The NY Post states the obvious today-the DOE's grading system for NYC schools is simply a failure: "It is becoming increasingly clear that Schools Chancellor Joel Klein is doing no one any favors -- not the public, and certainly not himself -- by assigning letter-grade report cards to city schools. The jerry-rigged system for determining the grades obscures more than it reveals. Thus, the information the cards impart is worse than misleading -- it's virtually useless."
But why stop there? So much of what the Kleinberg regime has done lacks utility for the school kids-beginning with the colossal waste of huge extra expenditures of money that simply hasn't done much to improve the performance of the children; and the chancellor's heavy top down management style has one longing for the more decentralized approach that came under such heavy fire when the mayor rode into office on his white limousine.
And it's nice to finally see the Post rise from its editorial slumber on all things Bloomberg: "Start with the fact that this year's grades, released last week, show a steep drop in the number of schools getting A's -- from 889 last year to 289 Thursday. Have schools suddenly gotten that much worse? Not at all. Turns out, educrats simply recalibrated standards, making tests harder to pass. So the schools look worse."
But when the phony tests were pumping up the mayor's volume, the Post and its cheerleader companion NY Daily News were gyrating with euphoria-and we could fairly say, paraphrasing the Post, that the schools weren't better, but that the school tests were watered down so that they would look like they were. At the time, however, the Post and News suspended their disbelief-and the public was misinformed about the state of city education under the mayor.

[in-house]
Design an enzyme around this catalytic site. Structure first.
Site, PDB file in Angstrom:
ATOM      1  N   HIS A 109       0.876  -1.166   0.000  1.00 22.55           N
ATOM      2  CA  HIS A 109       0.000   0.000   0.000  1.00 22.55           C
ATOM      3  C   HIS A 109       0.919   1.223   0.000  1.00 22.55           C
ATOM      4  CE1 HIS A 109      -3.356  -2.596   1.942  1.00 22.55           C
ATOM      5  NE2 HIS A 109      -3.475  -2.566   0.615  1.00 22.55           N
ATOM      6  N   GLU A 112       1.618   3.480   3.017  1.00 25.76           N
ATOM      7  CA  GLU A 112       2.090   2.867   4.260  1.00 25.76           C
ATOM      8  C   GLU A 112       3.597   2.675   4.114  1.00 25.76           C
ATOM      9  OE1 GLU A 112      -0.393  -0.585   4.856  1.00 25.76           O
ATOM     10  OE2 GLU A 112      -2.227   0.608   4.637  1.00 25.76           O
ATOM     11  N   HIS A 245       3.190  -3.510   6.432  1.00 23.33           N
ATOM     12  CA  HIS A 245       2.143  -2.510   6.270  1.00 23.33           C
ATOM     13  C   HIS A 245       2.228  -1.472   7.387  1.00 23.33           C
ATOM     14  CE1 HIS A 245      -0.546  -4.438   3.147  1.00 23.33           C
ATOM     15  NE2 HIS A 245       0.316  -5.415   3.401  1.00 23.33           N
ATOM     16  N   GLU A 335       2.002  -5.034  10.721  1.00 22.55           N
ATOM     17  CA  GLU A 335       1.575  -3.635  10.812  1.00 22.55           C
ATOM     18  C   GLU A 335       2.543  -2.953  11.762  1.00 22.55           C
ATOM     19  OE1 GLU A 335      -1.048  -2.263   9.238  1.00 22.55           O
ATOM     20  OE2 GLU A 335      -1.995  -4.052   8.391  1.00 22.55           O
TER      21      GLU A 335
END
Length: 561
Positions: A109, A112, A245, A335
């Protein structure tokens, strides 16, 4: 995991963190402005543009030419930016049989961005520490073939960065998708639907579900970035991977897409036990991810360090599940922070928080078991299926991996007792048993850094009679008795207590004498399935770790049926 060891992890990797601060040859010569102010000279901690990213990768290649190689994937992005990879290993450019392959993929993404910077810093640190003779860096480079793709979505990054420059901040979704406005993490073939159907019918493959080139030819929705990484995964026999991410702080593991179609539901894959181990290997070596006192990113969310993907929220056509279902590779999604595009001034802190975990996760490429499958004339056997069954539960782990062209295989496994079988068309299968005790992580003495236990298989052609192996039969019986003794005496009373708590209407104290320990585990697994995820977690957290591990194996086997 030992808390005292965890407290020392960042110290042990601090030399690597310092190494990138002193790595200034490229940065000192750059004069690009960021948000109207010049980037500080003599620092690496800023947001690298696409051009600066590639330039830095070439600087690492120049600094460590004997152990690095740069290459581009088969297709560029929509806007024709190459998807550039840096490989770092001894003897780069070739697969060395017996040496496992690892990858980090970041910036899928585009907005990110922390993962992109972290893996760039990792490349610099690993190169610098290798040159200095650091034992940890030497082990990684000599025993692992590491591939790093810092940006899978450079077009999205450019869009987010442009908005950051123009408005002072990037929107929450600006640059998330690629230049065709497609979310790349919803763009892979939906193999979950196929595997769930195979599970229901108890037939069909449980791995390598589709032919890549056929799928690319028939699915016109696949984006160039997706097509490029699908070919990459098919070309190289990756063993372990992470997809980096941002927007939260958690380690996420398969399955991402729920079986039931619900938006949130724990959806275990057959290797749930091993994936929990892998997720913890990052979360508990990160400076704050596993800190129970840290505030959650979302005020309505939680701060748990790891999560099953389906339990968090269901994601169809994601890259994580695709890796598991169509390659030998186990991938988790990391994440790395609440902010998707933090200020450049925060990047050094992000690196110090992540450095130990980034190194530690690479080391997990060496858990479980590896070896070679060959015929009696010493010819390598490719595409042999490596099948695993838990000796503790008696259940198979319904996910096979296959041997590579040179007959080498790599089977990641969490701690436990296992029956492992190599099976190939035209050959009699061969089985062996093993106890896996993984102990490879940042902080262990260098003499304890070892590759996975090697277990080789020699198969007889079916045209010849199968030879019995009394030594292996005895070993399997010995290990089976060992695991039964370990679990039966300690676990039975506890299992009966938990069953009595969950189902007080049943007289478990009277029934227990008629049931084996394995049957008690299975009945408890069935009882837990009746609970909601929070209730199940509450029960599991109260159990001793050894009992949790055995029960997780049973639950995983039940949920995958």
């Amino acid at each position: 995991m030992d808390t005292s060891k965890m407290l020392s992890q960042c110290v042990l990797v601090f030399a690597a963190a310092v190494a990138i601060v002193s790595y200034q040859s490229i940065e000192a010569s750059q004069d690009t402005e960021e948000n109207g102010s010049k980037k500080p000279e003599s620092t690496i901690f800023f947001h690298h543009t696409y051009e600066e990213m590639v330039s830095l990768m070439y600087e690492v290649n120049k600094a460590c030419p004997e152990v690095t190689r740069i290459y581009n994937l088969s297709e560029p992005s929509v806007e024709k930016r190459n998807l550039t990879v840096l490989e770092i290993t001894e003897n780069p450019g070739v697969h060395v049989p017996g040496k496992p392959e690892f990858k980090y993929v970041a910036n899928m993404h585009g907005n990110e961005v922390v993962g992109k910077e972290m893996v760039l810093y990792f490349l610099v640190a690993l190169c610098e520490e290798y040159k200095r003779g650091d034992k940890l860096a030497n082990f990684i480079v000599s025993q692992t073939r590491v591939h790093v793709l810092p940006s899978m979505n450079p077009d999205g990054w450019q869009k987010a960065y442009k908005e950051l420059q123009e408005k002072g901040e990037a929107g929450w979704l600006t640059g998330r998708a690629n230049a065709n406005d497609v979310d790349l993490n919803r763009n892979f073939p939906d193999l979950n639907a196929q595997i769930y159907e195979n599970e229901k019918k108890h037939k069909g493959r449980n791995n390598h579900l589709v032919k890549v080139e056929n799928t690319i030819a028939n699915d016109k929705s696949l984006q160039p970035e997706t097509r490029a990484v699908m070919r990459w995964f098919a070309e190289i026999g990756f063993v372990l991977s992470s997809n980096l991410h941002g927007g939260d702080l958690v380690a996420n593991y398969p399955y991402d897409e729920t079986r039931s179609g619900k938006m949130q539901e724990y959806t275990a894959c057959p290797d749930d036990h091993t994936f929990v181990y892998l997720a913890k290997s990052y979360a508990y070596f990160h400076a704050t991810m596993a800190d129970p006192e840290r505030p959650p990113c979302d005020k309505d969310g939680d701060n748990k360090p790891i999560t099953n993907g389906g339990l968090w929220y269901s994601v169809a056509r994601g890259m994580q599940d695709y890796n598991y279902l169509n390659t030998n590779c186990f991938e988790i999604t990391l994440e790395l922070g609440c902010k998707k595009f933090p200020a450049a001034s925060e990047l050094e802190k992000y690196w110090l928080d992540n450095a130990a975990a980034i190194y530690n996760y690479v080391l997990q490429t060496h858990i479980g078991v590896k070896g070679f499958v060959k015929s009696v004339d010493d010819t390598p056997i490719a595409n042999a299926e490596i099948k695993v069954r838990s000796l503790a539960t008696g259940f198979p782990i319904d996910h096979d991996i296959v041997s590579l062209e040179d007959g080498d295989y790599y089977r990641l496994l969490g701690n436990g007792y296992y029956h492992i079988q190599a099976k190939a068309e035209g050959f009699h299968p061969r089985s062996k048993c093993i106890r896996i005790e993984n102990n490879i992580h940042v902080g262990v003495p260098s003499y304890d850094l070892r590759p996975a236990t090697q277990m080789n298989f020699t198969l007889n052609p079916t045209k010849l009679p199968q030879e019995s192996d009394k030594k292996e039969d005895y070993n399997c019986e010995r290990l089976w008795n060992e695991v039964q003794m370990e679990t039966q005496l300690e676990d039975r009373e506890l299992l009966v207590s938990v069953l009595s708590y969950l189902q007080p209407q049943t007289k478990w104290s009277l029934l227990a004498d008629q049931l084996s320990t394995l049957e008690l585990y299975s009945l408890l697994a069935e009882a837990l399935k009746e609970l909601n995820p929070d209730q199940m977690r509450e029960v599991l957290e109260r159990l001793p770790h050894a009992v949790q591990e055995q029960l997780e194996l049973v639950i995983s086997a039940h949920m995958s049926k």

Now, nine years into his term, we hear that Bloomberg is going to really do something about teacher tenure: "We'll do more to support teachers and reward great teaching, and that includes ending tenure as we know it, so that tenure is awarded for performance, not taken for granted," Bloomberg said on MSNBC as part of NBC's "Education Nation" program."
The reality here is that the Bloomberg miracle was of the legend in his own mind variety-but with the ability to spend legendary amounts of money on self promotion and the enlistment of sycophants and toadies, a false positive was attributed to schools that haven't really risen much beyond where they were when the mayor came into office. When the dust settles, we believe that the retrospective view of Mike Bloomberg will be in line with the, "poor player," observation of Macbeth:
"That struts and frets his hour upon the stage
And then is heard no more: it is a tale
Told by an idiot, full of sound and fury,